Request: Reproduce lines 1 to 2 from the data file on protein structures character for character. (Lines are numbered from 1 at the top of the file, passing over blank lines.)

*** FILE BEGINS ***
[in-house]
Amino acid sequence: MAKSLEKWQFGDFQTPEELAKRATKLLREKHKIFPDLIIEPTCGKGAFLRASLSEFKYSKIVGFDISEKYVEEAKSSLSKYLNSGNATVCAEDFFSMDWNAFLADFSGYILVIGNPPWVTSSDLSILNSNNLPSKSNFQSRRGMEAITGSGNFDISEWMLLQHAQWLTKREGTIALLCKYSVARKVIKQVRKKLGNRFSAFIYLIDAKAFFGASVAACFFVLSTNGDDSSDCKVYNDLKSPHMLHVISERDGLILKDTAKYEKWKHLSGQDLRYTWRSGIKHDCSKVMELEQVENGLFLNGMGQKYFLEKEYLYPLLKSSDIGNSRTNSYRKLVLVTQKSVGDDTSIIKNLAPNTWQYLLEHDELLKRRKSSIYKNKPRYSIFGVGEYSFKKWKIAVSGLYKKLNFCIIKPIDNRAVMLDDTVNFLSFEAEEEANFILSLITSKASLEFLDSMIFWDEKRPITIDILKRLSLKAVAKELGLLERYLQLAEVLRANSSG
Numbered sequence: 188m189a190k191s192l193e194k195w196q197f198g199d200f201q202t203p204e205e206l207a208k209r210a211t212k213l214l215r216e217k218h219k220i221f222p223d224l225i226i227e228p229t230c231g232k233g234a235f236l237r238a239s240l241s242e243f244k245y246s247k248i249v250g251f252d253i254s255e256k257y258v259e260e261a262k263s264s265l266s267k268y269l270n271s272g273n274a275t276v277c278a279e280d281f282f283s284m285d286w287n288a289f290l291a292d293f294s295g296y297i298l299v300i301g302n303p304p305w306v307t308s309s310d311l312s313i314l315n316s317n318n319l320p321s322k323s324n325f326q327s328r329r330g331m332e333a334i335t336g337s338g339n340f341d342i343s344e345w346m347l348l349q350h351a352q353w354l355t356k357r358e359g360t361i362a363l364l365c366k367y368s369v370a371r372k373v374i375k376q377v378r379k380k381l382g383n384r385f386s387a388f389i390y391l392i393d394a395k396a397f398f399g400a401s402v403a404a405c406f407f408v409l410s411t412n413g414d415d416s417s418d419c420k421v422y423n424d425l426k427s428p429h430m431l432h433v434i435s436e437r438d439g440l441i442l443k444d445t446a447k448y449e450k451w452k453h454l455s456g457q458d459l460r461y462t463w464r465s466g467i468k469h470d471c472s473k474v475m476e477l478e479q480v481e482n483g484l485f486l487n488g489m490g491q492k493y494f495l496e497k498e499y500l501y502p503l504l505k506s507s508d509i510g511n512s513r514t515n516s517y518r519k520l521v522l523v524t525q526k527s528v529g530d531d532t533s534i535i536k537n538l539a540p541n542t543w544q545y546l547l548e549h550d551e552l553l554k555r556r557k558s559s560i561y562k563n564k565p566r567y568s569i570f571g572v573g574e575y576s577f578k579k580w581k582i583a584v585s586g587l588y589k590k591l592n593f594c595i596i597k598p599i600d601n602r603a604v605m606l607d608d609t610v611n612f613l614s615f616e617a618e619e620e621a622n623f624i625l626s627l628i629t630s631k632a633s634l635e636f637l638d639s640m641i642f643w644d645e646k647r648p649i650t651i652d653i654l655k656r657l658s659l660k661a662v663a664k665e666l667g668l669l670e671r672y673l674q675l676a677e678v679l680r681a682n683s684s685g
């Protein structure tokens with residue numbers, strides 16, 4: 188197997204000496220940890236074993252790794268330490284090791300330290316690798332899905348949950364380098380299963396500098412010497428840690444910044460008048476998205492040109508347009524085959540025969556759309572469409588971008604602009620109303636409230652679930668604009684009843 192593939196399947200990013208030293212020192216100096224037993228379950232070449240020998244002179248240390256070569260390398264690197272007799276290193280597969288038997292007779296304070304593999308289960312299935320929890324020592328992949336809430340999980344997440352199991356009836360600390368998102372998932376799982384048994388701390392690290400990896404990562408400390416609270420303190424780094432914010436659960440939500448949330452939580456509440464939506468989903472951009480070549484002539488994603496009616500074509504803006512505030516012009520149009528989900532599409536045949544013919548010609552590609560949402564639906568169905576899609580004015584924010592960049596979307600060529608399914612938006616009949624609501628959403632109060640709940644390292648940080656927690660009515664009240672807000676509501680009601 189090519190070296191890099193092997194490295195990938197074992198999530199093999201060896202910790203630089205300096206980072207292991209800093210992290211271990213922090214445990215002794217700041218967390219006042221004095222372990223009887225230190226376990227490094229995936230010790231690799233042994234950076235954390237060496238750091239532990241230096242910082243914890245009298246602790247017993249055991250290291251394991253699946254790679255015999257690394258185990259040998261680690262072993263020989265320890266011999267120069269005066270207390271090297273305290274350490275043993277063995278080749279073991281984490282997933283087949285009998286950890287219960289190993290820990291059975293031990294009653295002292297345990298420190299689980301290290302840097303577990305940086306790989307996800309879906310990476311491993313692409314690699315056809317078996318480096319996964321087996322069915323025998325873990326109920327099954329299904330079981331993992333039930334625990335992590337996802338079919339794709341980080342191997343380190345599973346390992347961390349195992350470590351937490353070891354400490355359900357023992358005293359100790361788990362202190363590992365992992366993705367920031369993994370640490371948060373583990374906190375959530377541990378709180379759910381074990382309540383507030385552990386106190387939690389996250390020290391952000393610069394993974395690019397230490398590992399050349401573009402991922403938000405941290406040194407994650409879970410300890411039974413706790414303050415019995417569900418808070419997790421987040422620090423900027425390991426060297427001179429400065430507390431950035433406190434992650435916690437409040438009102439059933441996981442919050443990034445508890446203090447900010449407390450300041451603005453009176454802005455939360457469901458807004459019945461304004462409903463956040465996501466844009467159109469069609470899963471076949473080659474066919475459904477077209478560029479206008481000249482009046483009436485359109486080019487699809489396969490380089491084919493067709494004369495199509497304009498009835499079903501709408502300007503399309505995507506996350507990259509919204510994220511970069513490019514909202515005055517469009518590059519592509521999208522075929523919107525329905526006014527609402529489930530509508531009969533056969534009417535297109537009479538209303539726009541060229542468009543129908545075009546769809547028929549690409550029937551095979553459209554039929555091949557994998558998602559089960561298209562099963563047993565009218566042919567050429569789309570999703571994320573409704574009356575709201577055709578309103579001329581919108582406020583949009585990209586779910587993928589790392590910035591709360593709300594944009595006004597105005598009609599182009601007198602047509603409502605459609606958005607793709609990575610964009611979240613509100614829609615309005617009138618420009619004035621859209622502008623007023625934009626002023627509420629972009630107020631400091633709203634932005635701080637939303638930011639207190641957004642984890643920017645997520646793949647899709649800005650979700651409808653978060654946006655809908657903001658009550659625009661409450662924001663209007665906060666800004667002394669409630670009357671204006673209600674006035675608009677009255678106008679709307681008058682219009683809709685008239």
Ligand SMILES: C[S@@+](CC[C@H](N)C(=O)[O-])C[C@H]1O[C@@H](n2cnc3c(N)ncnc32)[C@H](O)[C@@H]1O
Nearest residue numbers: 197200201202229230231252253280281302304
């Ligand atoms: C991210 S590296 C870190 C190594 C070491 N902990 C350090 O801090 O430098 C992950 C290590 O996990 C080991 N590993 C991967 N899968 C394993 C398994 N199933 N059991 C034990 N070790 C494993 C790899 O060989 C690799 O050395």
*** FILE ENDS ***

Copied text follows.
[in-house]
Amino acid sequence: MAKSLEKWQFGDFQTPEELAKRATKLLREKHKIFPDLIIEPTCGKGAFLRASLSEFKYSKIVGFDISEKYVEEAKSSLSKYLNSGNATVCAEDFFSMDWNAFLADFSGYILVIGNPPWVTSSDLSILNSNNLPSKSNFQSRRGMEAITGSGNFDISEWMLLQHAQWLTKREGTIALLCKYSVARKVIKQVRKKLGNRFSAFIYLIDAKAFFGASVAACFFVLSTNGDDSSDCKVYNDLKSPHMLHVISERDGLILKDTAKYEKWKHLSGQDLRYTWRSGIKHDCSKVMELEQVENGLFLNGMGQKYFLEKEYLYPLLKSSDIGNSRTNSYRKLVLVTQKSVGDDTSIIKNLAPNTWQYLLEHDELLKRRKSSIYKNKPRYSIFGVGEYSFKKWKIAVSGLYKKLNFCIIKPIDNRAVMLDDTVNFLSFEAEEEANFILSLITSKASLEFLDSMIFWDEKRPITIDILKRLSLKAVAKELGLLERYLQLAEVLRANSSG